Sunday, January 13, 2008

Flying "Moth" Star

Astronomers studying our corner of the galaxy have found a strange object that looks like a moth spreading its wings and a never before seen system of four tightly grouped stars. The first of these phenomena, dubbed the Moth, is a disk of dust and gas illuminated by a young star in the constellation Puppis. Such disks, believed to be made of the material from which planets form, are common around young stars.

But this one is oddly bent, as though flying into a headwind, and that's exactly what it's doing. Dust grains normally orbit in a plane unless they're disturbed by something, But in this case, the star and its disk are plowing through an interstellar gas cloud. That produces a local wind that is blowing the dust backward, producing this meniscus-like or crescent shape.

The Moth was found as part of a systematic search for planet-forming disks that might shed light on how planetary systems, including our own, formed.

About 112 light-years from the sun, the Moth was detected because of the intense infrared light it emits. One of the things that drew us to this star system is how bright it is in the infrared. That intense radiation indicates the presence of an unusually large amount of dust. The dust is heated by the light from its host star [is heated].

The scientists were surprised that there was enough interstellar gas and dust to produce this effect, because our region of the galaxy is generally believed to be relatively gas free.

Another odd finding: a unique quadruple star system that packs four stars into a region smaller than the orbit of Jupiter. The stars are grouped into two closely spaced pairs, 12 and 50 million miles (20 and 80 million kilometers) apart, respectively. It's really quite amazing that four stars all orbit each other at this distance.

It's not possible for all four stars to have formed that closely together. Rather, they must have formed at greater distances and then spiraled together as interstellar gas slowed their orbits. The gas is now gone, leaving the stars.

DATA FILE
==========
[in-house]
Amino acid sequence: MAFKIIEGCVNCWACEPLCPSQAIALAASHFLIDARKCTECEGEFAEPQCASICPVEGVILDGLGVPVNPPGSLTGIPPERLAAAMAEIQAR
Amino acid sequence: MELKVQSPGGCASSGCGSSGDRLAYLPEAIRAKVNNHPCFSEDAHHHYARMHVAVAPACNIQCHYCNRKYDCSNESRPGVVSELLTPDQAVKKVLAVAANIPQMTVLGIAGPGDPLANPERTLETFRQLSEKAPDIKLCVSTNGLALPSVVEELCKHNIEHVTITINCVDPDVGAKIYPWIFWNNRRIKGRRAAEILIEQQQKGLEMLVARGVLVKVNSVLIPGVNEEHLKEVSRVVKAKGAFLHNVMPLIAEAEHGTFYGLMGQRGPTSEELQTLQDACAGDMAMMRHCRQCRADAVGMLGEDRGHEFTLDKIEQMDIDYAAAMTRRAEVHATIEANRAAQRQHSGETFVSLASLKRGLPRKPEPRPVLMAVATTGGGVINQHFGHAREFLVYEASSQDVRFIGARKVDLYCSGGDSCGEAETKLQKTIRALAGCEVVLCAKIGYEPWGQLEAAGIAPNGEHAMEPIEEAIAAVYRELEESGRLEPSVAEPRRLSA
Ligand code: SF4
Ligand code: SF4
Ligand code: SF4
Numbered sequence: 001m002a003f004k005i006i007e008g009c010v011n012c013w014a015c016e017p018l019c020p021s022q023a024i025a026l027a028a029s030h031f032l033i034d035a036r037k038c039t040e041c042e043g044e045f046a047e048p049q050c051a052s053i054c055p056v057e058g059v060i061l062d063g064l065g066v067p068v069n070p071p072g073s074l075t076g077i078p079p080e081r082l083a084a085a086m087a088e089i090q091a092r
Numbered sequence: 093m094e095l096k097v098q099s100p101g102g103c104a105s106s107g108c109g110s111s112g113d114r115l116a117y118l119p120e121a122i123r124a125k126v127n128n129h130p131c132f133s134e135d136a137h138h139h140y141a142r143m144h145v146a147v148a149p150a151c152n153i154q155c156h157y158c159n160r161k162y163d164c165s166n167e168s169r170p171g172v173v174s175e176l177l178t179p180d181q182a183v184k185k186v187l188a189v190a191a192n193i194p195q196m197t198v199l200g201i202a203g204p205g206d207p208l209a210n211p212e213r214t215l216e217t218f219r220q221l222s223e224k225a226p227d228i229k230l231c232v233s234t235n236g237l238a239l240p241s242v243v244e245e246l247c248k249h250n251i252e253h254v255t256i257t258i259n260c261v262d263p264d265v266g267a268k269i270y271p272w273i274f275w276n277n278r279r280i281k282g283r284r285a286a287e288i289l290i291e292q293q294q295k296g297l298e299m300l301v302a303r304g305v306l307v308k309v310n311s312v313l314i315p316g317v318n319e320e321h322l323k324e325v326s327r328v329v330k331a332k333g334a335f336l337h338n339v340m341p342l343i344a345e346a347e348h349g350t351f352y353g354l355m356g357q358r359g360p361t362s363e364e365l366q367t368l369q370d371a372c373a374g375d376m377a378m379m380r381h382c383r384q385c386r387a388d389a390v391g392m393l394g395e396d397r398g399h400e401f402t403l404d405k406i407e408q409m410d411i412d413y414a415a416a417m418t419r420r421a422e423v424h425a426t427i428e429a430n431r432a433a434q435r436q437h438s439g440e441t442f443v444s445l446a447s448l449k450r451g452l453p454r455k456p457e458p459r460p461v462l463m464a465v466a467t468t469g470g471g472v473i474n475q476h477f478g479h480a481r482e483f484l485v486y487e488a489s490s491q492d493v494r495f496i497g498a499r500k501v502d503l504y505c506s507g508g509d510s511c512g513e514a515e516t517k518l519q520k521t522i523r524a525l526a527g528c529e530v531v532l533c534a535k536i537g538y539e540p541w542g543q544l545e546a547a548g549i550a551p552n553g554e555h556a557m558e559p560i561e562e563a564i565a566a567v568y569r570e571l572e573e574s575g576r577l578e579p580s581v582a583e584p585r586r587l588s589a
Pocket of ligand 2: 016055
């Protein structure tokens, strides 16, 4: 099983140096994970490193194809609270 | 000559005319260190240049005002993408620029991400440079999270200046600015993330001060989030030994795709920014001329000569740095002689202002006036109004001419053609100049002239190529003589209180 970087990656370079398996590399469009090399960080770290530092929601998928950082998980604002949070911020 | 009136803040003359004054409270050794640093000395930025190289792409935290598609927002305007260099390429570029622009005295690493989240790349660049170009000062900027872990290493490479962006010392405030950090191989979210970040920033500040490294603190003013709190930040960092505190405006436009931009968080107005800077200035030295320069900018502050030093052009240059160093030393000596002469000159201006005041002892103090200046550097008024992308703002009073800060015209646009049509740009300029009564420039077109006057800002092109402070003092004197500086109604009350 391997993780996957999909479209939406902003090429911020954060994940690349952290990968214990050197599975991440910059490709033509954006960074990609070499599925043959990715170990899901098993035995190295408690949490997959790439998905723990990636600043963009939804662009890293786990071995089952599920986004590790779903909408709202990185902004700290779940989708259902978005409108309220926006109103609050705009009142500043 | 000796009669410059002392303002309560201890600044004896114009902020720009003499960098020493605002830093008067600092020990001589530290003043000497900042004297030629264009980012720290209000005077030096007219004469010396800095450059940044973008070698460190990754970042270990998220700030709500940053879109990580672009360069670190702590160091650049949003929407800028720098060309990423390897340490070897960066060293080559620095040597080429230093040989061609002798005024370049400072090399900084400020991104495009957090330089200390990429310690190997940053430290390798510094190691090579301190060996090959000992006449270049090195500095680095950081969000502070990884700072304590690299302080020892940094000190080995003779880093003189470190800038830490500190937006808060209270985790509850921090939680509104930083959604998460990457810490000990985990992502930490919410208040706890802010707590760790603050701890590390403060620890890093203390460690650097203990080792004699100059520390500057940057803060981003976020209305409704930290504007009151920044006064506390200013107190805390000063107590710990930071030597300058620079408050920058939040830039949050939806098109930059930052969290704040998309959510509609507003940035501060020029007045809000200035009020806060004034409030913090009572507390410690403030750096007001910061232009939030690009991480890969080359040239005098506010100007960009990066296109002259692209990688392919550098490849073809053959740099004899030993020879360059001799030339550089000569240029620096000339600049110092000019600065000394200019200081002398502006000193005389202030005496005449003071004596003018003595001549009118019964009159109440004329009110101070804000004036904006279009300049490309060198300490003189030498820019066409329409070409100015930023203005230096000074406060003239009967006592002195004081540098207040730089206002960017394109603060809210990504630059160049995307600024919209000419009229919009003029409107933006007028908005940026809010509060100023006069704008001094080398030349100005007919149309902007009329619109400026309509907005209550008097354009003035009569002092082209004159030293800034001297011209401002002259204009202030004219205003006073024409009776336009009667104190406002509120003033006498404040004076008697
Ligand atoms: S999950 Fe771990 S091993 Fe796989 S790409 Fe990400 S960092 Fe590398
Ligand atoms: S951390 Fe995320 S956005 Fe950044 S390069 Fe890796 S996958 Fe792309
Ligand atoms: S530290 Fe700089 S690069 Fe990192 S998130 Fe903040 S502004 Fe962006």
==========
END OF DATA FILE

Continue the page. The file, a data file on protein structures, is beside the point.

There is no reason to believe that the system is actually young, but the stars must have moved close together within the first 100,000 years or so of their lives because soon after, within the first 300,000 or 400,000 years, the gas all dissipates.

The two pairs revolve around each other about once every nine Earth years. The star system lies near the constellation Aquarius, about 166 light-years from Earth.

The study found it while studying the spectra of small, dim, stars relatively close to Earth. The newfound system seemed unusual because it appeared to emit four spectra superimposed on each other.


RuanMT said...

Hi Kerinchi
Thanks for reading and leaving a good comment on my blog.
Adding your blog, of course :D
I’ve just visited your blog and added u as my friend on blogroll
Hope u have more time to often visit my blog and me too
Have a nice day

Your friend

david santos said...

A beautiful place here!
Excellent post! Thank you.
have a good day

de_kerinchi said...


Tq for visiting my blogs,added u as my friend on blogroll too...have a nice day..

Hi my friend santos,

Tq, Thanks for reading and leaving a good comment..good day my friend ...

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